Story boarding

In my previous blog, I put forward the view that a writer should know his/her story before he/she starts writing. Once a writer has a story concept, a character with a goal, a source of conflict, and stakes at risk then they have basic ingredients for a story. But as any chef knows, ingredients can be put together in a million different ways to produce very different cuisine.

For some writers the ingredients are enough for them to start writing and see where their characters take them. And some very successful authors write this way. For me, there are still too many different paths a story could take and I need to feel out which is best path before I commit to write.

There are lots of ways a writer can do this: working on character  sketches and story lines for each of the main characters, identifying the key scenes, obstacles  and story turns that will impact the characters, and working back from desired ending. My favourite approach is story boarding –mapping out the key elements of the story line on scene cards.

There are many different ways you can do this. You can use a whiteboard marked out into four equal vertical sections, being Act 1, Act 2 (i), Act 2(ii), and Act 3. Scenes can then be added using post it notes to each area of the board as the scene ideas unfold.

An alternative approach is to use 5 x 3 cards and lay them out on the floor, or on a cork board.

Or you can use a powerful program like Scrivener to do the same thing . This is the cork board view of Scrivener for the first Act of my book, Alien Hothouse. Each card is colour coded to tell me the point of view character for each scene. Scrivener is an amazingly powerful piece of software for any writer and my chosen medium for writing all my books. But the purpose of my blog today is not sing the praises of this software, but to explain the storyboarding approach.


Alternatively, you can use storyboarding  software designed for screenwriters. I have experimented with one of these products, Plot Control 2. Here is same first act mapped out under Plot Control 2. (There is also a further version – Plot control 3 that allows the main headings to be modified)


The main difference between using this approach and a cork board is that the scenes are entered under twelve different captions:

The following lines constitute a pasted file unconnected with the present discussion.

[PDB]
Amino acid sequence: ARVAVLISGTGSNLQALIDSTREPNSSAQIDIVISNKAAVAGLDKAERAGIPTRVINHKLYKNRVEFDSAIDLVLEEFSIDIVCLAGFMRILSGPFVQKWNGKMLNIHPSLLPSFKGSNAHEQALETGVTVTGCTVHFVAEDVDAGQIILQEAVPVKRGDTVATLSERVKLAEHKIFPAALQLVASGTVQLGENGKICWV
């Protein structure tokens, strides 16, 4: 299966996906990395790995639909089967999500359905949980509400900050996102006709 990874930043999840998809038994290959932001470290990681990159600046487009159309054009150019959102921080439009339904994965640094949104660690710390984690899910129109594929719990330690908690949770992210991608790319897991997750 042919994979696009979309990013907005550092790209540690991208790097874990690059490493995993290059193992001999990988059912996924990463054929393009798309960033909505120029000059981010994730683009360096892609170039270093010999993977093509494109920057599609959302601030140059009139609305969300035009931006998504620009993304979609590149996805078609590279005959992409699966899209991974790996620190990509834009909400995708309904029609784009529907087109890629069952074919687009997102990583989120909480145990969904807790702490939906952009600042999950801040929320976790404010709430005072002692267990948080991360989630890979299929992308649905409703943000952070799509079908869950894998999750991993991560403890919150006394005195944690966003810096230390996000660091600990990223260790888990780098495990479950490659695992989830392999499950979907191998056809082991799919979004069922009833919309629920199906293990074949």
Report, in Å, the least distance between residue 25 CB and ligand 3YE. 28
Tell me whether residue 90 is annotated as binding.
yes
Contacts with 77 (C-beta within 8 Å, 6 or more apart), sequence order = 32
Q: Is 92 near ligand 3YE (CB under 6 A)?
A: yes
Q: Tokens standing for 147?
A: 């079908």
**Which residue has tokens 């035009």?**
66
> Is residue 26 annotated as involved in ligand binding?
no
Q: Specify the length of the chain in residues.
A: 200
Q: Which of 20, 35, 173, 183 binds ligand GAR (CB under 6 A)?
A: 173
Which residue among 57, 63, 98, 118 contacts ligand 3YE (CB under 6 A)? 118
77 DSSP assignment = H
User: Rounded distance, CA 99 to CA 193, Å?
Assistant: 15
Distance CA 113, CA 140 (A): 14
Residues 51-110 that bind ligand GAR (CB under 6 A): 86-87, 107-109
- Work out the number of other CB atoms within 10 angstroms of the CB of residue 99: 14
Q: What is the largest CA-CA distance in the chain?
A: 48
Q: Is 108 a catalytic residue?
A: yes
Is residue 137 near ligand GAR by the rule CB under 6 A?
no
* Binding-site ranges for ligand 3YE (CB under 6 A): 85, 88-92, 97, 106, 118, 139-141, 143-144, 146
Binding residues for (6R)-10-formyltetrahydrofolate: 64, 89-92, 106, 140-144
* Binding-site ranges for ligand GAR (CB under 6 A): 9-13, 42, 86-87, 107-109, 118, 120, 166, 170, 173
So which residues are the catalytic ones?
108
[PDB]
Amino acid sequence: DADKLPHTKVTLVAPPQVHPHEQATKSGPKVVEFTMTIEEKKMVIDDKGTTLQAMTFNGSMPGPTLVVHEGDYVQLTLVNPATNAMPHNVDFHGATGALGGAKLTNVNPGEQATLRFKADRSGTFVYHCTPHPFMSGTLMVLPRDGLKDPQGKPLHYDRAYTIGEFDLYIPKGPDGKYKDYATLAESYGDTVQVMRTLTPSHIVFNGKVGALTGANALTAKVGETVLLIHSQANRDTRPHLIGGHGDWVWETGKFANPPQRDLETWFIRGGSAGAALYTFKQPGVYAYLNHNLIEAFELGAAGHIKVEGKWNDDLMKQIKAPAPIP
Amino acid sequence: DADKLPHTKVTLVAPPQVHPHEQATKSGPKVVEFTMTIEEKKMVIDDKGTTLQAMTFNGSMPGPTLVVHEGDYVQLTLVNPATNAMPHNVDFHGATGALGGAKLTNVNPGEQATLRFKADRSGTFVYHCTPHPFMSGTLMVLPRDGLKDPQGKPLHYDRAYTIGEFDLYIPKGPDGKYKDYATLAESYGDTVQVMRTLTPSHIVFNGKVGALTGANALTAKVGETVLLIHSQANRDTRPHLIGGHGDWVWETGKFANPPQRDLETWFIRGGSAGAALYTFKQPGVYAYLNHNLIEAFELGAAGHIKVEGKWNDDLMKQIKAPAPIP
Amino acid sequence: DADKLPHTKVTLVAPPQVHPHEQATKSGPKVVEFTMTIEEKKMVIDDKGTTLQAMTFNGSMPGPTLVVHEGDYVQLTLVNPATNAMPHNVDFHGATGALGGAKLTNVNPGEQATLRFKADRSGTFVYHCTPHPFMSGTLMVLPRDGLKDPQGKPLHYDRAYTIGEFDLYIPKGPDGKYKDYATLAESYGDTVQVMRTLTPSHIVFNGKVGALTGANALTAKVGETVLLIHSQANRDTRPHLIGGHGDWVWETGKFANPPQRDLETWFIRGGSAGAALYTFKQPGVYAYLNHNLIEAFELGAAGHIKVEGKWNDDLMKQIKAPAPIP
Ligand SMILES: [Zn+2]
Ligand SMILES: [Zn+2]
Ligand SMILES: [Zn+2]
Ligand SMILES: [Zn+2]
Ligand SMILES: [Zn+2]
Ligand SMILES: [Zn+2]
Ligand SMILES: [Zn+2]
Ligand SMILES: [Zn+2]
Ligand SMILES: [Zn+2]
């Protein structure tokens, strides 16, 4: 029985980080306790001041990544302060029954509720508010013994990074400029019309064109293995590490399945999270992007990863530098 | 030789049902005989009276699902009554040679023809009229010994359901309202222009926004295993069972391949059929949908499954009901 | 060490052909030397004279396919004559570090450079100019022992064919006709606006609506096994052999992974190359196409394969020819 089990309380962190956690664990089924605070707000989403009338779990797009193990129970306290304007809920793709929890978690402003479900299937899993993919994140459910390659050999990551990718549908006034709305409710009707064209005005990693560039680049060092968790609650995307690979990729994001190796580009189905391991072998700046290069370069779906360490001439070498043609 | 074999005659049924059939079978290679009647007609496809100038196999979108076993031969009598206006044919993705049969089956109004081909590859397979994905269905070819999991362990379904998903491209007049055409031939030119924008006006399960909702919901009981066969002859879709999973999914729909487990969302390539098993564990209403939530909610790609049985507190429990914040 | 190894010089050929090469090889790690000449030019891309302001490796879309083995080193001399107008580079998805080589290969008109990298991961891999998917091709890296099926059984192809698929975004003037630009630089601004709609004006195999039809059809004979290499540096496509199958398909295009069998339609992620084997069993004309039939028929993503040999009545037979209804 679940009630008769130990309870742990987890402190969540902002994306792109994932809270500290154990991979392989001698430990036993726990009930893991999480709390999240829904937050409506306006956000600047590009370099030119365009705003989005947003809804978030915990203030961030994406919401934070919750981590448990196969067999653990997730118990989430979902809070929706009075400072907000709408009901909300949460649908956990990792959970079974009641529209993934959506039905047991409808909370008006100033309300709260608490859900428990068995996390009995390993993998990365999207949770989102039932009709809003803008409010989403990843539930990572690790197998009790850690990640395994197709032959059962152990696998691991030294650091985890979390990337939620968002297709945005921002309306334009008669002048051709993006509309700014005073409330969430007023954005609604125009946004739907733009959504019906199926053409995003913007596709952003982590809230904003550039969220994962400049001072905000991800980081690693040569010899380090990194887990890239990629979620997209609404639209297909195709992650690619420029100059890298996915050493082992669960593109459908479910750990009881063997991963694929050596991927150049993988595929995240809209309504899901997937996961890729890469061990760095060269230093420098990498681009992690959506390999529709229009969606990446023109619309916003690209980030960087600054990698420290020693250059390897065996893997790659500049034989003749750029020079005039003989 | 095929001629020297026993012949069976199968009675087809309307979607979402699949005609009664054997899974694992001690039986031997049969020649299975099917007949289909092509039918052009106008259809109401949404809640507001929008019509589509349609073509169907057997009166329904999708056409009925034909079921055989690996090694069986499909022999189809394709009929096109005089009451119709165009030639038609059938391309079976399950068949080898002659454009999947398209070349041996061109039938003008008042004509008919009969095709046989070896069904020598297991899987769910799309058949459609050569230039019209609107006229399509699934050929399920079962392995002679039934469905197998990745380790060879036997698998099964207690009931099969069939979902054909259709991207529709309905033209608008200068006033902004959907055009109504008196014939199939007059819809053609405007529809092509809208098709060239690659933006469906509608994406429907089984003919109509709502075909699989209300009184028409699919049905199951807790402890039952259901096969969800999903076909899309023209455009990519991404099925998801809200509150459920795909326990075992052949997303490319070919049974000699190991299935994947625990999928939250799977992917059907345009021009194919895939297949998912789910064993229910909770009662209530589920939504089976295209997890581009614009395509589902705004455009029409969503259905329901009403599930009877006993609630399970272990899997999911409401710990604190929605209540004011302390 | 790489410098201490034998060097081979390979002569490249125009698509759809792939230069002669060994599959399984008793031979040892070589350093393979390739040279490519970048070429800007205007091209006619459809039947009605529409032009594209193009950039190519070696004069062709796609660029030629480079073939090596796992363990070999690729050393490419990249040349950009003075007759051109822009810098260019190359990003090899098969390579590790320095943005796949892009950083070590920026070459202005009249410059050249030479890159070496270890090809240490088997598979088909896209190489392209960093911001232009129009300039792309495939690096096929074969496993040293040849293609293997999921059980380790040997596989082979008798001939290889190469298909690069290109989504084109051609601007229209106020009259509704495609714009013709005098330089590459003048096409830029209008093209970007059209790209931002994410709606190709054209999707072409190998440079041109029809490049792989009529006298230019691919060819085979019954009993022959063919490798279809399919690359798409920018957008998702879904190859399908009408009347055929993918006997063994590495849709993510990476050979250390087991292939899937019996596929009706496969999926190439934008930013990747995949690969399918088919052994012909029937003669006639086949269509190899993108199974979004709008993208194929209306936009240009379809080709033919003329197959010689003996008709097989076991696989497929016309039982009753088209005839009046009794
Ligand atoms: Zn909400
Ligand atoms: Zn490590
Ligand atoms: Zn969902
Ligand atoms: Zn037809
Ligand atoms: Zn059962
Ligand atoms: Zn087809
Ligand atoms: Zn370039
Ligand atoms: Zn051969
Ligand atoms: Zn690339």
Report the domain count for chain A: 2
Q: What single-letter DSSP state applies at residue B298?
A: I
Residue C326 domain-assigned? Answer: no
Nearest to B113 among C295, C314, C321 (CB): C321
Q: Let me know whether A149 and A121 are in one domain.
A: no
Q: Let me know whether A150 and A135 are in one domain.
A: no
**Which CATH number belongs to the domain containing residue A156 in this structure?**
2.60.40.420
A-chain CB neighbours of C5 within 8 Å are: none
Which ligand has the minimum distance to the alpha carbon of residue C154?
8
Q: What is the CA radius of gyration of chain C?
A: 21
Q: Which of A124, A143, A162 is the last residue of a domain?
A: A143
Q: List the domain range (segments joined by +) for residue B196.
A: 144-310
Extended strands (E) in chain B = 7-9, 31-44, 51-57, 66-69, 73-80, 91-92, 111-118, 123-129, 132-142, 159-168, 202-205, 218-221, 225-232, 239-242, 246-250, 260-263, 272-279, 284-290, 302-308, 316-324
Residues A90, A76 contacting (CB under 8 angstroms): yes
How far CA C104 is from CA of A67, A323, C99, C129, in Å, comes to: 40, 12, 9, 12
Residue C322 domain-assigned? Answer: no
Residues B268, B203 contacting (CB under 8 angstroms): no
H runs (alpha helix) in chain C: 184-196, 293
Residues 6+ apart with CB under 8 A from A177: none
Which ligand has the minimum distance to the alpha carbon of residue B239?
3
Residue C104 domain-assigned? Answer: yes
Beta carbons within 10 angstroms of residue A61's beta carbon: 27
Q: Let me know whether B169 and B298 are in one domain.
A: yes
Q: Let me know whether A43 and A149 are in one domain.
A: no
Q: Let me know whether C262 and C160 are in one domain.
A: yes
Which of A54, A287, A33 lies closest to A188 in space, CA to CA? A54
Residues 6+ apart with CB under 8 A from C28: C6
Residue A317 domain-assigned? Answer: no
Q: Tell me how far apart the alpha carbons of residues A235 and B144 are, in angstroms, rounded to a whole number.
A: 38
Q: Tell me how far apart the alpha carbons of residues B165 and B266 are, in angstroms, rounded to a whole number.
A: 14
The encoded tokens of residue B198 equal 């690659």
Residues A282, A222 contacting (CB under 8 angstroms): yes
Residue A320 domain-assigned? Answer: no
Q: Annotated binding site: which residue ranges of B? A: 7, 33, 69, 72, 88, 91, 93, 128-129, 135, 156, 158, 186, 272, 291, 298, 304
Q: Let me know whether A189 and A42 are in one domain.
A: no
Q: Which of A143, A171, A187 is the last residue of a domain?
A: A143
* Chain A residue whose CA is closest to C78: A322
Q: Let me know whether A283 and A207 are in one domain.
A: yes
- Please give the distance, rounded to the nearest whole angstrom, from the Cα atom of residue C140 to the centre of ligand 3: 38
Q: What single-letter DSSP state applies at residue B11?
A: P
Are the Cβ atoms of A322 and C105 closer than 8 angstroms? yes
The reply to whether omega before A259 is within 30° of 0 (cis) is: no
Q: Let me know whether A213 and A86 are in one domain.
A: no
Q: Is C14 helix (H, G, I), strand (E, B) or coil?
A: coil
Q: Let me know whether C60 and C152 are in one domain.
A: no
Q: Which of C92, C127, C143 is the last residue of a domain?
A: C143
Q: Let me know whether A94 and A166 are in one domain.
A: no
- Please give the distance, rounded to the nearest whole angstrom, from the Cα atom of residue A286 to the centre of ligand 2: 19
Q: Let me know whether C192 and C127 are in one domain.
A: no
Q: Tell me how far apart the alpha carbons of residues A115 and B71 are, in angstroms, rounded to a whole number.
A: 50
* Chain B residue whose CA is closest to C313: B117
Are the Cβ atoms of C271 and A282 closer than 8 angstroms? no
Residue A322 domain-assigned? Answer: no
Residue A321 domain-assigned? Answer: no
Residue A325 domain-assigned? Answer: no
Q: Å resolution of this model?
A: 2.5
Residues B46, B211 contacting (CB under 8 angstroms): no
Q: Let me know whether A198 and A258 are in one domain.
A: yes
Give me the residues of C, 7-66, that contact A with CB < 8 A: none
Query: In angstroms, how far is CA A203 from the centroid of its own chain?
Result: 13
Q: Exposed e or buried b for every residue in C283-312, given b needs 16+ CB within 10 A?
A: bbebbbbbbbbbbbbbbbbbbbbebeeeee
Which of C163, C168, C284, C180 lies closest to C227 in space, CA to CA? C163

• Opening scene
  • Setup
  • Inciting Incident
  • Movement to Resolution
  • Plot Point One
  • Act 2: Tier 1
  • Midpoint
  • Act 2: Tier 2
  • Plot Point 2
  • Climax
  • Resolution
  • End Scene

Of course, if you wanted to use the same kind of structure in Scrivener it is quite easy to do so. You simply set up the twelve structural elements as though they were twelve  chapters. As a personal preference,  I like to use Plot Control 2 to ‘mess about’ with the scenes until I have the makings of the story and then I set up the the appropriate scene structure in Scrivener.

For my latest novel, I have taken the process one step further by turning the scene cards into a twenty page ‘treatment’ by adding further detail to the scenes. It is a bit like layering in further elements of detail as the story gets clearer in your mind. Hopefully, this should make the writing process more efficient.

No one can tell you which writing approach is right for you. But if you haven’t looked at storyboarding you might like to try it. You don’t have to use expensive software. You can use a pack of cards or post-it notes on a whiteboard, or  Scrivener. The approach is the same. It gives you a helicopter view of your story.

4 thoughts on “Story boarding

  1. Looked you up. You certainly are prolific. Can I just ask if science fiction requires sensitivity readers? If so, would it get in the way of your writing?

  2. I’m not sure why the sensitivity of readers would get in the way of writing sci-fi. There are so many different sub-genre of sci-fi that there is something to satisfy each type of reader. You just have to find what suits your emotional needs. Sci-fi stories can range emotionally from horror (e.g. Shelly’s Frankenstein), to dystopian (Hunger Games), to romantic adventures (John Carter), and to children’s stories (E.T.). What makes sci-fi different is that explores how humanity behaves under extraordinary circumstances of culturally and scientifically different environments.

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